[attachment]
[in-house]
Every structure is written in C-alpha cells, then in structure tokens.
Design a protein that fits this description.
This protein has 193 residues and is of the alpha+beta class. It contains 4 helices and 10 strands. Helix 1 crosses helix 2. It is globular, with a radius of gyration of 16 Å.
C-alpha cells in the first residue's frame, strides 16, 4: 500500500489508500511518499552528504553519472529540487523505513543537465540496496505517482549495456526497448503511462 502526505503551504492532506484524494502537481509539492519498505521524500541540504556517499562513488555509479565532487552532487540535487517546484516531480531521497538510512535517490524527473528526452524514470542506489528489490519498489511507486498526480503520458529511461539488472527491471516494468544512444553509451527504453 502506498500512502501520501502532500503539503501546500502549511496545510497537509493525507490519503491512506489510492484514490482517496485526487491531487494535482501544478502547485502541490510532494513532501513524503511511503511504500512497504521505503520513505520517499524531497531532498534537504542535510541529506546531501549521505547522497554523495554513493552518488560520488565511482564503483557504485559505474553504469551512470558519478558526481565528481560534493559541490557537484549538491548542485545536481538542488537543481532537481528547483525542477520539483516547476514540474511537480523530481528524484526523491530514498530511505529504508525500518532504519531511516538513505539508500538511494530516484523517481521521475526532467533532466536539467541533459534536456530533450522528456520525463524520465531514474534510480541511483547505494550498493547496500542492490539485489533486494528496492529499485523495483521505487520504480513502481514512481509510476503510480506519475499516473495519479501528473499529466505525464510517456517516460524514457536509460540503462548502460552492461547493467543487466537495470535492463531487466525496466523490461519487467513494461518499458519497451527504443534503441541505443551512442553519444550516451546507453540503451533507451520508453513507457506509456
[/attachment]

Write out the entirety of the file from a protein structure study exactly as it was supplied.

[in-house]
Every structure is written in C-alpha cells, then in structure tokens.
Design a protein that fits this description.
This protein has 193 residues and is of the alpha+beta class. It contains 4 helices and 10 strands. Helix 1 crosses helix 2. It is globular, with a radius of gyration of 16 Å.
C-alpha cells in the first residue's frame, strides 16, 4: 500500500489508500511518499552528504553519472529540487523505513543537465540496496505517482549495456526497448503511462 502526505503551504492532506484524494502537481509539492519498505521524500541540504556517499562513488555509479565532487552532487540535487517546484516531480531521497538510512535517490524527473528526452524514470542506489528489490519498489511507486498526480503520458529511461539488472527491471516494468544512444553509451527504453 502506498500512502501520501502532500503539503501546500502549511496545510497537509493525507490519503491512506489510492484514490482517496485526487491531487494535482501544478502547485502541490510532494513532501513524503511511503511504500512497504521505503520513505520517499524531497531532498534537504542535510541529506546531501549521505547522497554523495554513493552518488560520488565511482564503483557504485559505474553504469551512470558519478558526481565528481560534493559541490557537484549538491548542485545536481538542488537543481532537481528547483525542477520539483516547476514540474511537480523530481528524484526523491530514498530511505529504508525500518532504519531511516538513505539508500538511494530516484523517481521521475526532467533532466536539467541533459534536456530533450522528456520525463524520465531514474534510480541511483547505494550498493547496500542492490539485489533486494528496492529499485523495483521505487520504480513502481514512481509510476503510480506519475499516473495519479501528473499529466505525464510517456517516460524514457536509460540503462548502460552492461547493467543487466537495470535492463531487466525496466523490461519487467513494461518499458519497451527504443534503441541505443551512442553519444550516451546507453540503451533507451520508453513507457506509456